As the seasons change and cold and flu viruses start making their rounds, it is important to equip our children with good health, wellness, and hygiene practices. Young children are more susceptible to illnesses due to their still-developing immune systems and close peer interactions. Here are some tips to help keep your little one healthy during the cold and flu season.
Handwashing: Teach your child the importance of handwashing. Use fun and engaging methods like singing songs while they scrub their hands with soap and water for at least 20 seconds. Encourage them to wash their hands after using the bathroom, before meals, and after sneezing or coughing.
Nurses Note: The “Itsy Bitsy Spider” is the perfect song to sing while washing your hands!
Cover Their Coughs and Sneezes: Teach your child to cough or sneeze into their elbow or a tissue, not their hands. Make sure they dispose of used tissues properly and wash their hands afterward to prevent the spread of germs.
Boost Their Immunity: A well-balanced diet with plenty of fruits and vegetables can help boost your child’s immune system. Ensure they get enough sleep and physical activity to keep their bodies strong.
Stay Hydrated: Encourage your child to drink plenty of water throughout the day. Proper hydration supports overall health and helps the body fight off illnesses.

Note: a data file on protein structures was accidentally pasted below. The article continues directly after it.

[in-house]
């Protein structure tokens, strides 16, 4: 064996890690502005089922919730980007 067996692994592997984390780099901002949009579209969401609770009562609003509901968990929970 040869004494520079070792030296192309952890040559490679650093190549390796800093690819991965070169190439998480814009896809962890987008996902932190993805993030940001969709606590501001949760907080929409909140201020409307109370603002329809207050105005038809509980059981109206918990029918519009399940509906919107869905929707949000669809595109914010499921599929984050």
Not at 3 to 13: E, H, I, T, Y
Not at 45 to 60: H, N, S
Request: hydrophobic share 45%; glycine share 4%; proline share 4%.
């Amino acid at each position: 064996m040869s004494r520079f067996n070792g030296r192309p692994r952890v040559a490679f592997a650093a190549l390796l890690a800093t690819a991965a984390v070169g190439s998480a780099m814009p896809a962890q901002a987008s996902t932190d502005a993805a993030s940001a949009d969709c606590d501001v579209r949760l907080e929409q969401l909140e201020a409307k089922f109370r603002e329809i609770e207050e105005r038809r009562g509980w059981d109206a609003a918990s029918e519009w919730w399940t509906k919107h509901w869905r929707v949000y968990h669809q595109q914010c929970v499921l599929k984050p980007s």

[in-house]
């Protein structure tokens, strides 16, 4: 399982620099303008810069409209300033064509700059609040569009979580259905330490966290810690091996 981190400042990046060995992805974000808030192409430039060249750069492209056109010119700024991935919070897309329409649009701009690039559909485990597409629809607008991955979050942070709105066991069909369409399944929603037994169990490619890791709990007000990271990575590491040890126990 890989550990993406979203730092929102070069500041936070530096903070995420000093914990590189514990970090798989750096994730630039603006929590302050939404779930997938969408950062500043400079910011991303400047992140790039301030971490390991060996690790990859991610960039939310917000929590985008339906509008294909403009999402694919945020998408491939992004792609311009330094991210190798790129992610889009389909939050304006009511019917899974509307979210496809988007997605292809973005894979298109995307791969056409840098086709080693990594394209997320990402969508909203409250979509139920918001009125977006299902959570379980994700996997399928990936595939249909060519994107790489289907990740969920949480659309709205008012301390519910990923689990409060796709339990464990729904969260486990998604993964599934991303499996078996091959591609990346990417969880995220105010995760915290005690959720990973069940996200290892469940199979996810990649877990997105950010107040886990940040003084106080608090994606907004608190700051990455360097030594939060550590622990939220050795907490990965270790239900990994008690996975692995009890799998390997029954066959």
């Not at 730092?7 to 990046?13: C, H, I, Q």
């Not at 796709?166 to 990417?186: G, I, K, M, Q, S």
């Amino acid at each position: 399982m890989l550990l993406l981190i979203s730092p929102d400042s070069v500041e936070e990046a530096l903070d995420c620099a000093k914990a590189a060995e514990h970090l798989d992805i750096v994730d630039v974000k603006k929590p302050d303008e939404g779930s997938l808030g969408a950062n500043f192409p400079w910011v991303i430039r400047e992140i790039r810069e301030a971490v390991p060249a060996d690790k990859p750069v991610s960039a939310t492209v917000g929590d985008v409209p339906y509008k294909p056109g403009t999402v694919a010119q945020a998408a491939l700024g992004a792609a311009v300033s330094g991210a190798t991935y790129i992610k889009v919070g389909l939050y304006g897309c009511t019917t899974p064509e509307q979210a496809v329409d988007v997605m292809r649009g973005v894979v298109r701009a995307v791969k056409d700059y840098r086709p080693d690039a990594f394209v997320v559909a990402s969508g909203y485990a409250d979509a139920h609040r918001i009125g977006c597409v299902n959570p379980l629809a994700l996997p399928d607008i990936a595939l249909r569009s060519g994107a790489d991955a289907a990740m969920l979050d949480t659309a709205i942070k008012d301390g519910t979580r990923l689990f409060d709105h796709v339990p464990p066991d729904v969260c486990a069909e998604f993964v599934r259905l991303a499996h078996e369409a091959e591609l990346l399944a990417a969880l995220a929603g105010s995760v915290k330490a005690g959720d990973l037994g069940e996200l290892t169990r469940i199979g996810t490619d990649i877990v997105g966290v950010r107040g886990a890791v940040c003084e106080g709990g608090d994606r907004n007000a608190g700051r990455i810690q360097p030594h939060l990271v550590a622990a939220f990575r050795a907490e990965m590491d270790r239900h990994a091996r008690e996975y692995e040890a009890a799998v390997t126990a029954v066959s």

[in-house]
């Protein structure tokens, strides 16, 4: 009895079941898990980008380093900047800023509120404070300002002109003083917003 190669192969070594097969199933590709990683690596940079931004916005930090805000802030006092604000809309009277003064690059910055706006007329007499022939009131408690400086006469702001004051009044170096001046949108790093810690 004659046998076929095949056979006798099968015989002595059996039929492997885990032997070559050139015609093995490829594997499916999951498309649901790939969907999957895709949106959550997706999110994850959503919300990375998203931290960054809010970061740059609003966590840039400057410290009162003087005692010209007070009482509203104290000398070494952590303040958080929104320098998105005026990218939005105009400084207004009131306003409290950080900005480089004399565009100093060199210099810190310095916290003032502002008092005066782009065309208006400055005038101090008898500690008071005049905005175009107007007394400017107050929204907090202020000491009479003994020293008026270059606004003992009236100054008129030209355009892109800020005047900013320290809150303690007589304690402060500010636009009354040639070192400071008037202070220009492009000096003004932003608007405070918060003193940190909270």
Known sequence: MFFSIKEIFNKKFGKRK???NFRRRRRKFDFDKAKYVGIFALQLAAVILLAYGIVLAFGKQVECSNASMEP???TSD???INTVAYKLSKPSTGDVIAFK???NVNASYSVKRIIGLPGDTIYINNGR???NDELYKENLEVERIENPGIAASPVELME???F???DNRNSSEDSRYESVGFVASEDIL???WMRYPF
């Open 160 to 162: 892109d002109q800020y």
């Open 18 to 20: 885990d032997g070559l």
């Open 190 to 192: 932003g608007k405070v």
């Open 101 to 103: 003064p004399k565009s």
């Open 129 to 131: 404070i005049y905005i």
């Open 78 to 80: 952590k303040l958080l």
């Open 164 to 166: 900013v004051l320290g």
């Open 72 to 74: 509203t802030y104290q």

Vaccinations: Consult your healthcare provider about age-appropriate vaccinations to protect your child from common illnesses like the flu.
Nurses Note: Remember, it takes two weeks to develop full immunity, so get your flu shot now! Your Family Liaison can also connect you to vaccination resources.
Clean and Disinfect: Regularly clean and disinfect frequently touched surfaces in your home, such as doorknobs, light switches, and toys. This can help prevent the spread of germs within your family.
Nurse’s Note: Stock up on Clorox Disinfectant Wipes.
Stay Informed: Stay updated on the latest health guidelines from trusted sources such as Metro Health San Antonio and the Centers for Disease Control and Prevention (CDC), and follow any recommendations specific to your area.
Teach Empathy: Help your child understand the importance of not coming to school when feeling unwell. This not only protects their health but also shows consideration for their classmates.
Weather changing: As temperatures drop, please dress your child in warm clothing.
Stay well: If your child suffers from seasonal allergens, start preventive medications a few weeks before allergy season starts and continue daily. Always check with your healthcare provider regarding medications.
Instilling these healthy habits in your child can reduce their risk of falling ill during the cold and flu season. Remember that setting a good example through your hygiene practices can also go a long way in teaching your child how to stay healthy and well.